Fulham have had an awful lot of loanees lately, but it is hard to recall one who’s slotted in as seamlessly as Joachim Andersen. The Danish defender is more than just the critical piece in Scott Parker’s revamped rearguard – he’s a leader of serious stature as well. Vocal on the field, a calm and composed communicator who reads the game impeccably, Andersen’s importance to Fulham’s relegation battle was underlined by the fact he was handed the captain’s armband just four games into his Craven Cottage career and he has grown gradually in importance ever since.
Andersen’s partnership with Tosin Adarabioyo has blossomed into one of the league’s most successful. Before the pair arrived at Craven Cottage, Fulham had conceded eleven goals in four fixtures and looked like a basket case at the back. Oppositions were rampaging through a shambolic defence at will and relegation appeared a foregone conclusion. The task in front of Andersen and Adarabioyo – neither of whom had played a single Premier League minute – was considerable and yet they provided a reassuring sense of security from the outset, with the Whites grabbing their first point of the season straightaway at Sheffield United and a clean sheet against West Brom in their very next outing.
The dramatic metamorphosis to a more parsimonious presence at the back has continued over a longer period. Undoubtedly helped by Parker’s switch to a five at the back, Fulham have conceded just seventeen goals in the nineteen league games that Andersen has played in – with seven clean sheets. The latest of which, in the home win over bottom of the table Sheffield United, might prove to be the most crucial – lifting the Whites just three points away from safety. Adarabioyo leads the list of Premier League defenders for number of clearances, whilst Andersen himself is sixth. The Dane is second in the Premier League in terms of aerial duels won and tops the charts for number of interceptions in his own penalty area.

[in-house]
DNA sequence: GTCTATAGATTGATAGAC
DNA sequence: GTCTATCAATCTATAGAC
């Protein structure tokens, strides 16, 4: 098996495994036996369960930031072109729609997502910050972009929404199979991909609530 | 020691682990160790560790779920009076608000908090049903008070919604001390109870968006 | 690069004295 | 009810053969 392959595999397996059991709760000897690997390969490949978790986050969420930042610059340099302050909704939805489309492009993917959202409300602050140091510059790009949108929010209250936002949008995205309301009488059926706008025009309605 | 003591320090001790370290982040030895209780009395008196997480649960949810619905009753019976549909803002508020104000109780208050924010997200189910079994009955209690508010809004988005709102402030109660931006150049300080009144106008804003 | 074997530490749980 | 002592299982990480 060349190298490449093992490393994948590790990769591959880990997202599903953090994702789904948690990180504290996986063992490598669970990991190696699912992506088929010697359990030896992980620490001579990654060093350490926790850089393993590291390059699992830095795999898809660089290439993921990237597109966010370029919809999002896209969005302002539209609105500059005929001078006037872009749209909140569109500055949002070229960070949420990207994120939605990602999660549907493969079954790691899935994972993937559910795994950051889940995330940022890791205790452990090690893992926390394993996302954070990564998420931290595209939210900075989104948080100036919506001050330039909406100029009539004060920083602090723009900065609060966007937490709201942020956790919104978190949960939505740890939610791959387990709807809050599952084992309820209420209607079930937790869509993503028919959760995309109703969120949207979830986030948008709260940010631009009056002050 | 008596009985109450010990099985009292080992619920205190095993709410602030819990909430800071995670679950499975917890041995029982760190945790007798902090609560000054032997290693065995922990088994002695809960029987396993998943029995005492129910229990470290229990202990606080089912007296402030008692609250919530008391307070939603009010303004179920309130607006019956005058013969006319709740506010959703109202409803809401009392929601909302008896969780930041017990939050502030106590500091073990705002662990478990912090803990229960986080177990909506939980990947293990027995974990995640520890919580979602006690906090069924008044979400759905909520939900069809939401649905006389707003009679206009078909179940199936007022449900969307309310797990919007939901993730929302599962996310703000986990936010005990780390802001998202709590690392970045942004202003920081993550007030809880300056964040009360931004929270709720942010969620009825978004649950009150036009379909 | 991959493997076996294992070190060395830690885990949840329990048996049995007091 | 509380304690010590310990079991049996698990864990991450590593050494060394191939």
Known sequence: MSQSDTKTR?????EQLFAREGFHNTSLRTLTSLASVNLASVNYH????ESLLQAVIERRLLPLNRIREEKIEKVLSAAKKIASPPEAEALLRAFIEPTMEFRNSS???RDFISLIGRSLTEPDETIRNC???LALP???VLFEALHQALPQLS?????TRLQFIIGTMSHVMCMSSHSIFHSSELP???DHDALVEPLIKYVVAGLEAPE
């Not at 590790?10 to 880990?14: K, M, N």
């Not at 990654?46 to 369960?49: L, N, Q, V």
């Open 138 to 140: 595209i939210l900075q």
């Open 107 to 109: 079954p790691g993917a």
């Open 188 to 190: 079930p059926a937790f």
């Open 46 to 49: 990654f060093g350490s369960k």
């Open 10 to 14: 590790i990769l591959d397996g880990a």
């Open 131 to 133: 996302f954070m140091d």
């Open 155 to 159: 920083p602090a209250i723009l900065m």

Andersen’s primary responsibility remains keeping the ball out of the net, something he has proven remarkably adept at, but his contribution to Fulham’s resurgence is far greater than mere defensive reassurance. In many ways, he’s the perfect fit for Parker’s own footballing philosophy. Comfortable with the ball at his feet, Andersen will regularly raid forward himself – he did it twice to great effect against the Blades – and frequently unlocks opposition rearguards with raking passes. One such marvellous through ball proved the difference last night, releasing Ademola Lookman into the inside left channel for the winning goal, but just as important have been his precise passes to find midfielders in space at the start of several Fulham moves. He was successful with 94 of them last night as Fulham passed the Blades into submission and rarely wasted a ball.
You sense the 24 year-old’s impact off the field has been just as transformational for Fulham’s fortunes. One of the greatest contrast between this team and the two that have been relegated from the top flight in the past seven years has been their resilience. Even when the situation seemed bleak, this side haven’t wilted. Much of that has to be down to the character of the individuals involved. Andersen, an organiser at every defensive set play, has impressed with his intelligence, professionalism and winning attitude which has clearly transmitted to his team-mates. In a relegation battle, these characteristics can represent the difference between success and failure. There’s simply no understating Andersen’s influence.